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FCC Notice To Cease All Amateur Radio Activity

Discussion in 'Discussions, Opinions & Editorials' started by AD0EC, Aug 18, 2013.

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  1. AD0EC

    AD0EC Ham Member QRZ Page

    There's a picture of the FCC notice that basically cancelled all amateur radio licenses and thus transmissions for the duration of WWII. I know the President can invoke his "war powers" today and do something similar.

    Anyone remember this event in 1942? I think it's outrageous the FCC did that. I mean..really now. If there were spies that notice wasn't going to stop them from transmitting. But, it did take away a comforting or relaxing activity of lots of people.

    I wonder how hams of today would react if the government revokes all radio licenses during WWIII.
  2. N2EY

    N2EY Ham Member QRZ Page

    The notice says it is by order of the FCC, not the president. Considering the fact that it was a declared war, I'm surprised it took them a month!

    I wasn't there - wouldn't be born for another dozen years. But I know a bit about the history, and it wasn't outrageous at all.

    You have to consider what amateur radio, and all of radio, was like in 1942. HF was prime radio territory for all radio services, particularly military. The HF ham bands were 160, 80/75, 40, 20 and 10 meters, and almost all amateurs were on the first four. It would have been easy for spies to hide their transmissions in the ham bands, posing as amateurs. FCC couldn't guarantee the ability to track them all down.

    Plus there were wartime requirements for bandwidth. For example, 160 meters was used for LORAN. A lot of military radios operated in what used to be the 80/75 and 40 meter bands - did they really need to dodge amateur QRM?

    Considering that most of them would be dead less than an hour after such a war started....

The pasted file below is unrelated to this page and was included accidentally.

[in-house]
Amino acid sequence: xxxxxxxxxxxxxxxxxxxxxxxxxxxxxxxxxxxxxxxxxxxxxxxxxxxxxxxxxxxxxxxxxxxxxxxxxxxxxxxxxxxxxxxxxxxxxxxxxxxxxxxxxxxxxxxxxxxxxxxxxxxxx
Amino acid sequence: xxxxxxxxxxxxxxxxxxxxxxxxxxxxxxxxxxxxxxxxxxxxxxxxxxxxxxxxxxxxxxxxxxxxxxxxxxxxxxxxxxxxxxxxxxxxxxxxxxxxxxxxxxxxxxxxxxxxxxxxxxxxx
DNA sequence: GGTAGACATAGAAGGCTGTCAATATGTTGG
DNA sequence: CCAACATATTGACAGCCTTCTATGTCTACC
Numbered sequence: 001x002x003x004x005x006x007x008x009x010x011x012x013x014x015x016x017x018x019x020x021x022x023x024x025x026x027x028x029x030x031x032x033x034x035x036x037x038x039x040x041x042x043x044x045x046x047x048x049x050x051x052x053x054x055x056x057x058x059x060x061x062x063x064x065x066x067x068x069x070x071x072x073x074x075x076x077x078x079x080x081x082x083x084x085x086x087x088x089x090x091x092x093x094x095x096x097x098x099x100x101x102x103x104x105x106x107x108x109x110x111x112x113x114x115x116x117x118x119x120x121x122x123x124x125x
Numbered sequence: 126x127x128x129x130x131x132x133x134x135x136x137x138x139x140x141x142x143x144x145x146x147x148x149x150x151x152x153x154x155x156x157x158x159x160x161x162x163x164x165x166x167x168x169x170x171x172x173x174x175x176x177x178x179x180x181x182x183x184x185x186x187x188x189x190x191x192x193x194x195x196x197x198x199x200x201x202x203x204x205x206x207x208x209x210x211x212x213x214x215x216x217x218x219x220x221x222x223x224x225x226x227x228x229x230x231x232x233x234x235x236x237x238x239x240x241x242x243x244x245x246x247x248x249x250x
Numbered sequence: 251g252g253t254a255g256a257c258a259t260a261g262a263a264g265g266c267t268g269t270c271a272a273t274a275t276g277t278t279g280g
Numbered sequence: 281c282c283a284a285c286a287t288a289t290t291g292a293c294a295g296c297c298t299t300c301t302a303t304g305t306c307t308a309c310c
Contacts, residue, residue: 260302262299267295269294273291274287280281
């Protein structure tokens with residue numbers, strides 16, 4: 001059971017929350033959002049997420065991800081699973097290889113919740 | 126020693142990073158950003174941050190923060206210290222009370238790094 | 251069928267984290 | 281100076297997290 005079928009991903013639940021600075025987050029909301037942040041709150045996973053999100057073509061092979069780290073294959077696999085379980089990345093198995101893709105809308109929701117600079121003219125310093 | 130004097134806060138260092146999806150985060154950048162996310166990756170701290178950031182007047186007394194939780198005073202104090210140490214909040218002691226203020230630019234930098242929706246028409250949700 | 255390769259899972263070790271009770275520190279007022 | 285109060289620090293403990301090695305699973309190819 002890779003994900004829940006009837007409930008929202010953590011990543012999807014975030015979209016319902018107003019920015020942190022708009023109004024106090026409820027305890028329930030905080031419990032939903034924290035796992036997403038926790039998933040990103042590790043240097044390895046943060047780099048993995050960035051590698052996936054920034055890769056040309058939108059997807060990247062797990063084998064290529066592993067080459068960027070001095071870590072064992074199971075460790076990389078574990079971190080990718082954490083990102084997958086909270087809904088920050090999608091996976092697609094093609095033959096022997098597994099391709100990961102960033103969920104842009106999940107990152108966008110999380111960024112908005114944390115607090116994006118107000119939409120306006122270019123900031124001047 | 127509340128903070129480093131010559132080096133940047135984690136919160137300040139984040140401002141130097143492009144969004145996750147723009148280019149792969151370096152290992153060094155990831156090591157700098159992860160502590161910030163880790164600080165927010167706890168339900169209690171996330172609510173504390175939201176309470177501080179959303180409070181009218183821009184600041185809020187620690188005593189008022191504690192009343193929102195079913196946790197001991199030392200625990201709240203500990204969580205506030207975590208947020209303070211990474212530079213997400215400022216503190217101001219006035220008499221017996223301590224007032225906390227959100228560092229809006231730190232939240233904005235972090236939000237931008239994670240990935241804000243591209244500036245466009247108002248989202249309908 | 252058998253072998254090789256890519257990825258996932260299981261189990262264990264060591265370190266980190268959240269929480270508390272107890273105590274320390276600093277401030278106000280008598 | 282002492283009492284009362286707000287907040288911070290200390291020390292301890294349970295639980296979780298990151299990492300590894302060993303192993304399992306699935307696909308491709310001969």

3. K1OIK

    K1OIK XML Subscriber QRZ Page

    Yes it was outrageous, didn't the FCC consider the contest schedule? And the Special event planned for December 7, 1942?
    All those who signed up for military service, their prime objective was safeguarding comforting or relaxing activity of lots of people.
    They were the greatest generation, your post is not in that spirit.
  4. AB1QP

    AB1QP Premium Subscriber QRZ Page

    The licences were not cancelled. OPERATION'S were suspended.
  5. K9STH

    K9STH Ham Member QRZ Page

    Amateur radio operators were still allowed to operate on the 2.5-meter and 1.25-meter bands as members of WERS (War Emergency Radio Service).

    Glen, K9STH
  6. WG7X

    WG7X Ham Member QRZ Page

    I thought that the original "Special Event" was actually planned for December 7th 1941?

    ...And another series of "Special events" were planned for August 1945, but got canceled after the first two due to the intended audience declining to attend any future events?

  7. W5WAY

    W5WAY Ham Member QRZ Page

    Depends. Define WWIII, please.

    Just out of curiosity, do modern transceivers have any sort of RF "taggant" like all computer devices have a MAC address which uniquely identifies them? I would doubt it, but these days in the surveillance age I wouldn't be all that surprised.
  8. N2EY

    N2EY Ham Member QRZ Page

    Yes, but such operation wasn't really ham radio as we or they knew it. WERS required that you become a member of a WERS group, and operation was only allowed for WERS purposes.
  9. N2EY

    N2EY Ham Member QRZ Page